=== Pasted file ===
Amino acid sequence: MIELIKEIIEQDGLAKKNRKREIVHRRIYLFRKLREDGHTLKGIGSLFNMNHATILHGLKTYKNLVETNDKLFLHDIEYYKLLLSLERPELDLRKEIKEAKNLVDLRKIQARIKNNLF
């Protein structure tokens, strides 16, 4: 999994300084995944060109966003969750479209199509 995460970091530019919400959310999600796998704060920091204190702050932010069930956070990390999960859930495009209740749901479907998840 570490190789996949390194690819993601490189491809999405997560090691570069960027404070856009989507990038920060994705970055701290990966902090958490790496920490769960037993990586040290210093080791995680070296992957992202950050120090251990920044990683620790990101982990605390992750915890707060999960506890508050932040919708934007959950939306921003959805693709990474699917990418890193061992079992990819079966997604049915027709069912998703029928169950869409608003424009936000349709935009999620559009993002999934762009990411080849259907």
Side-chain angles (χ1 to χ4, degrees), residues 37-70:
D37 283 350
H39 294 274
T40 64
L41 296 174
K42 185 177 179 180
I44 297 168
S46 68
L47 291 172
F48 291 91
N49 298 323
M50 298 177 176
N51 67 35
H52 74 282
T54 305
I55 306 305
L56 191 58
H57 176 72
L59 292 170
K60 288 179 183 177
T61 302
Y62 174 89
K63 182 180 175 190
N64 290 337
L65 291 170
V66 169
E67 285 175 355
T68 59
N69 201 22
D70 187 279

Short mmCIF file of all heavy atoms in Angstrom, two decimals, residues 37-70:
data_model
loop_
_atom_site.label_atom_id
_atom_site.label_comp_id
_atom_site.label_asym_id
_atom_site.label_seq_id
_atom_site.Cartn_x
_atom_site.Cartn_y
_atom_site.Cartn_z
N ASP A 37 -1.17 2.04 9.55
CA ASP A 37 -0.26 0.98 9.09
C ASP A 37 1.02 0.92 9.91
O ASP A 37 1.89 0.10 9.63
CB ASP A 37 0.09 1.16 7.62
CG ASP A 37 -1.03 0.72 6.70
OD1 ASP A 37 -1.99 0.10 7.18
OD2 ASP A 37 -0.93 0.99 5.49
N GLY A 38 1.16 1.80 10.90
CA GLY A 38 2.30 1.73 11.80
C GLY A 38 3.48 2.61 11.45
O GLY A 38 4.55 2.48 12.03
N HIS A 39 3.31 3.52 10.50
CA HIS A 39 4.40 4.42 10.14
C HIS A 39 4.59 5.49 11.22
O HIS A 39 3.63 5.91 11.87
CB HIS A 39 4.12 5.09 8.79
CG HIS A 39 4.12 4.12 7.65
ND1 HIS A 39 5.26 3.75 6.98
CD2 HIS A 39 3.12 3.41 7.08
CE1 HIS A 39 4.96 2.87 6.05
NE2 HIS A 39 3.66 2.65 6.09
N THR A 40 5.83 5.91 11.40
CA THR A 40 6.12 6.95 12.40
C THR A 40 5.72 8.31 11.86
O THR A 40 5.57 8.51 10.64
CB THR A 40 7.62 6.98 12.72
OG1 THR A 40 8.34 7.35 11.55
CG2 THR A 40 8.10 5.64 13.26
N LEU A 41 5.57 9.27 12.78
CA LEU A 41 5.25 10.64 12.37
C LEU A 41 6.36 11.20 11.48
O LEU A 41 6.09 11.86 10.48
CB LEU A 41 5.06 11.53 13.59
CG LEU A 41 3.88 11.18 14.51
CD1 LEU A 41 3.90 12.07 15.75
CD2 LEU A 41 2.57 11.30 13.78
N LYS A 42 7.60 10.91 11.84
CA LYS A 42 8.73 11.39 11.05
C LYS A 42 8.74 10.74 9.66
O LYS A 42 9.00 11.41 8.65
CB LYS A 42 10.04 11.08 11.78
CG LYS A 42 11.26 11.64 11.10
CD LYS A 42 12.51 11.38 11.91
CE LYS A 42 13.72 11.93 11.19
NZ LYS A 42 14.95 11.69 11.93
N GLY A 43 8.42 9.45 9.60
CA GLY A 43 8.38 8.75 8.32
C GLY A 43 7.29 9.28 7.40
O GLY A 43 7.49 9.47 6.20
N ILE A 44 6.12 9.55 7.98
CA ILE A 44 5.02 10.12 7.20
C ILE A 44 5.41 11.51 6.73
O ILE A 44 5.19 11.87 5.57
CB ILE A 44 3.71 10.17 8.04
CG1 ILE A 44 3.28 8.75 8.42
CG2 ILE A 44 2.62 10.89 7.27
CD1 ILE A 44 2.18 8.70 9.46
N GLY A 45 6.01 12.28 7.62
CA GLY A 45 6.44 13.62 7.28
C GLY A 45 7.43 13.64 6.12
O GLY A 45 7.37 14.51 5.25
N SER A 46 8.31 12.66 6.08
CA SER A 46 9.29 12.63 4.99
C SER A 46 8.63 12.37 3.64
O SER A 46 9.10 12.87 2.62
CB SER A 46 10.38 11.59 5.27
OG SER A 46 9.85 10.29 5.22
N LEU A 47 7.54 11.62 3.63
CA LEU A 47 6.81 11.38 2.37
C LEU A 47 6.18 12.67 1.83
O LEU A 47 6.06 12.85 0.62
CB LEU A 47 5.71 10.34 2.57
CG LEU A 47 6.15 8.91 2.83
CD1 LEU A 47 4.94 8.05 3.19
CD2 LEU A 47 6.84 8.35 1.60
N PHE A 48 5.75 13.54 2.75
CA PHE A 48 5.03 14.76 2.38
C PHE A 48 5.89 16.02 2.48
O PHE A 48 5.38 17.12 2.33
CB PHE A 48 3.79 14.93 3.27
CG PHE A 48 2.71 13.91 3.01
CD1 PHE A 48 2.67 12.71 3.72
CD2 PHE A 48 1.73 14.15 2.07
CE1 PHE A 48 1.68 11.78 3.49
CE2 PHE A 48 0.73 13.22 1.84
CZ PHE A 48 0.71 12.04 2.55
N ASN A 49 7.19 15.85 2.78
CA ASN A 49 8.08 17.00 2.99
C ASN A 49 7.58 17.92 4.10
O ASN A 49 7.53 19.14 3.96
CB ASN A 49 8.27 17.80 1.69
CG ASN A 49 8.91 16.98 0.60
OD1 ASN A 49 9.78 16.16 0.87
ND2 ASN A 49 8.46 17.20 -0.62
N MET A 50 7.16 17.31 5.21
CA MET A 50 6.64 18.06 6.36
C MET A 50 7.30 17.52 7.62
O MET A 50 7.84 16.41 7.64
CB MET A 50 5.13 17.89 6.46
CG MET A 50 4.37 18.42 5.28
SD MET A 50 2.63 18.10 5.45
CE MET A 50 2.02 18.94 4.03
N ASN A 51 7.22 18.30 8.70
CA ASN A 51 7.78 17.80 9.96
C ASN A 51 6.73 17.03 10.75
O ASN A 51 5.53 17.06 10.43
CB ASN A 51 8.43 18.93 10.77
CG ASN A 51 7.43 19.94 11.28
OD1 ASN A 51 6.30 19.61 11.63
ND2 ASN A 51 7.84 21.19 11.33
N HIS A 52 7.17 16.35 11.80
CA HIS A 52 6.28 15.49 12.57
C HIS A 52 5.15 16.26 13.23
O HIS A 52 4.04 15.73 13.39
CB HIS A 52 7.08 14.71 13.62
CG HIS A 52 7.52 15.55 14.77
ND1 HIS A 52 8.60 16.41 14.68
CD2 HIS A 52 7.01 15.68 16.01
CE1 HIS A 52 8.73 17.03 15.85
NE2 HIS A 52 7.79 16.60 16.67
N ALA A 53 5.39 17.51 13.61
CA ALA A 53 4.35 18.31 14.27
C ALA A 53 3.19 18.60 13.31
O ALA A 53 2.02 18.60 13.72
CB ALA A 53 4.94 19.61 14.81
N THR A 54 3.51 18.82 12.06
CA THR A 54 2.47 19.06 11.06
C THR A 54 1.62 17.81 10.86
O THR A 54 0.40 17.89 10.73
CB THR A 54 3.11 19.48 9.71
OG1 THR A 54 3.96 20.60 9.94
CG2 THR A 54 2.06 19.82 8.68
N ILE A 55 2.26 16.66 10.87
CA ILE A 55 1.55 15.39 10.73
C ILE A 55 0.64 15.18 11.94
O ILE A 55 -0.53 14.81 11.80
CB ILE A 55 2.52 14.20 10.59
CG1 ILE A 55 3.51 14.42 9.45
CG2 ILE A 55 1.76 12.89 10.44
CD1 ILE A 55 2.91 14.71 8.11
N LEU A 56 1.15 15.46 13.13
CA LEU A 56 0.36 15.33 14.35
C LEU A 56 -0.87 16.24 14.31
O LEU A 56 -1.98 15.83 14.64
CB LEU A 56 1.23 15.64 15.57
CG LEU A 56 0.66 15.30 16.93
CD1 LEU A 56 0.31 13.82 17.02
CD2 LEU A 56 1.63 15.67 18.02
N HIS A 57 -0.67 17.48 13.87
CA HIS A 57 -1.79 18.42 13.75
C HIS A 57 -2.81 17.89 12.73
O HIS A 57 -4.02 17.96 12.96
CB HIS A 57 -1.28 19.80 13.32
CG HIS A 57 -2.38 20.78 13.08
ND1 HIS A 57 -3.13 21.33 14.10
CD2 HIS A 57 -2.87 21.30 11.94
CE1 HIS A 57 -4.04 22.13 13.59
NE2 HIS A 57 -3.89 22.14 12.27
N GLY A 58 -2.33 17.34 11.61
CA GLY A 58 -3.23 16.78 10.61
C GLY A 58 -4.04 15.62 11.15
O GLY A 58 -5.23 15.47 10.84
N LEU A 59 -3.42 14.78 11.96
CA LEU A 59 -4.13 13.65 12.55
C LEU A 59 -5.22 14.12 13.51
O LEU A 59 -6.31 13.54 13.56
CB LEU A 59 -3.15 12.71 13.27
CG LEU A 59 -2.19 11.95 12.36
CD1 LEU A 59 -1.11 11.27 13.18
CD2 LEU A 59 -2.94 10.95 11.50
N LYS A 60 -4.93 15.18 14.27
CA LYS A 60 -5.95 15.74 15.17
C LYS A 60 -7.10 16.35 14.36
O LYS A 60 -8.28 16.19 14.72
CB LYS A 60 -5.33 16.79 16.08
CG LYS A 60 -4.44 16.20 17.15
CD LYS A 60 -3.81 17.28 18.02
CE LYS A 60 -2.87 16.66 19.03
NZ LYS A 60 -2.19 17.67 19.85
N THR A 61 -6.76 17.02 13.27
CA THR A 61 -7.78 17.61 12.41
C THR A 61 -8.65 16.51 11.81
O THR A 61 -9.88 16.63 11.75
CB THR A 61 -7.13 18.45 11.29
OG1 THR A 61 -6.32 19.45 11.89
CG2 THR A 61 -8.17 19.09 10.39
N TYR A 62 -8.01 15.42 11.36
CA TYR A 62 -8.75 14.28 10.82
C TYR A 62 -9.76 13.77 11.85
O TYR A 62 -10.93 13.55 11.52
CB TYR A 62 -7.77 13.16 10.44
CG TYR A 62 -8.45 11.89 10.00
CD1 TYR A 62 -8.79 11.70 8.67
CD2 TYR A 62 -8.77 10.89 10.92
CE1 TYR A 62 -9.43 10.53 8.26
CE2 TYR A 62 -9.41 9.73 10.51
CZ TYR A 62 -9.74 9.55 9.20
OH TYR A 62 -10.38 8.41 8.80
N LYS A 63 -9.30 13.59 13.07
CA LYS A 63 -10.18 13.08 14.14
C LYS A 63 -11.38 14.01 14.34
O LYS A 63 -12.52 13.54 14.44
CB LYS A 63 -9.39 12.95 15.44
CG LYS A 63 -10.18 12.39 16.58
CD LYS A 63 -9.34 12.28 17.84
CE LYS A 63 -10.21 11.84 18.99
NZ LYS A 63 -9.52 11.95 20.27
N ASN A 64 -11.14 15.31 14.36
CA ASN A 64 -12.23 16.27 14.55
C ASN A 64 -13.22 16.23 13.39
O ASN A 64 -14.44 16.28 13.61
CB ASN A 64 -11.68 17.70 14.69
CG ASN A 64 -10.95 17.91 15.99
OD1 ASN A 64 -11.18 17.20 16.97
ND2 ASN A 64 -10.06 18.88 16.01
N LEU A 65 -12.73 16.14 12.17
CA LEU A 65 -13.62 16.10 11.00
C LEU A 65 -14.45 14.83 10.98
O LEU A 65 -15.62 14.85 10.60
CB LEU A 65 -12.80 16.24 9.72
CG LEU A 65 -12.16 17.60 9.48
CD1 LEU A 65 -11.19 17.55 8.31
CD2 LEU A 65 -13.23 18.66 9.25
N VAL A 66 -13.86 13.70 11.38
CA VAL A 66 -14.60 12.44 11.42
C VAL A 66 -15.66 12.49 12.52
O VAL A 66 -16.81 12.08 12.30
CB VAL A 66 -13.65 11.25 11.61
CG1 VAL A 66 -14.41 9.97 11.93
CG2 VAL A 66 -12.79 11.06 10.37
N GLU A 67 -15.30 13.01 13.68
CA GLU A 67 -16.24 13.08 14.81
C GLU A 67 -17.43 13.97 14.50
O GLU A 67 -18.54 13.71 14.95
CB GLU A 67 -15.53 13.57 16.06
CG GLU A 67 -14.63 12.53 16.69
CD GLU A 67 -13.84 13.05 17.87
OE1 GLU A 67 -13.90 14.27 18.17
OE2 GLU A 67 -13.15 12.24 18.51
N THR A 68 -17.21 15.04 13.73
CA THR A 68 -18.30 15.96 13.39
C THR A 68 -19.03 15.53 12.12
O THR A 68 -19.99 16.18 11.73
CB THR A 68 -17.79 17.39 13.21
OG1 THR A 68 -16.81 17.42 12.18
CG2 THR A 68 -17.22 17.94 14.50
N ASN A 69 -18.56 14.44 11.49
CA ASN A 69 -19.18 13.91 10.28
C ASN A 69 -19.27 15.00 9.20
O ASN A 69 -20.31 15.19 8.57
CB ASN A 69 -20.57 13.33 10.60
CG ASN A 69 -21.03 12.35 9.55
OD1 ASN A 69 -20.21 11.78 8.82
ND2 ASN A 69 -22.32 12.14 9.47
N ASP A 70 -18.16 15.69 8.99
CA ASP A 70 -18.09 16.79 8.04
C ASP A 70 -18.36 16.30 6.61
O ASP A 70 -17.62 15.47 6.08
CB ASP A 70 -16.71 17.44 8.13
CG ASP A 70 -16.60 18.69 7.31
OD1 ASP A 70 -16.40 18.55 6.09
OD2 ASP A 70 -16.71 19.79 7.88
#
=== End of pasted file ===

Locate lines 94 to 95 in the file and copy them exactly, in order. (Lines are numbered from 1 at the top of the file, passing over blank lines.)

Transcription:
CA ILE A 44 5.02 10.12 7.20
C ILE A 44 5.41 11.51 6.73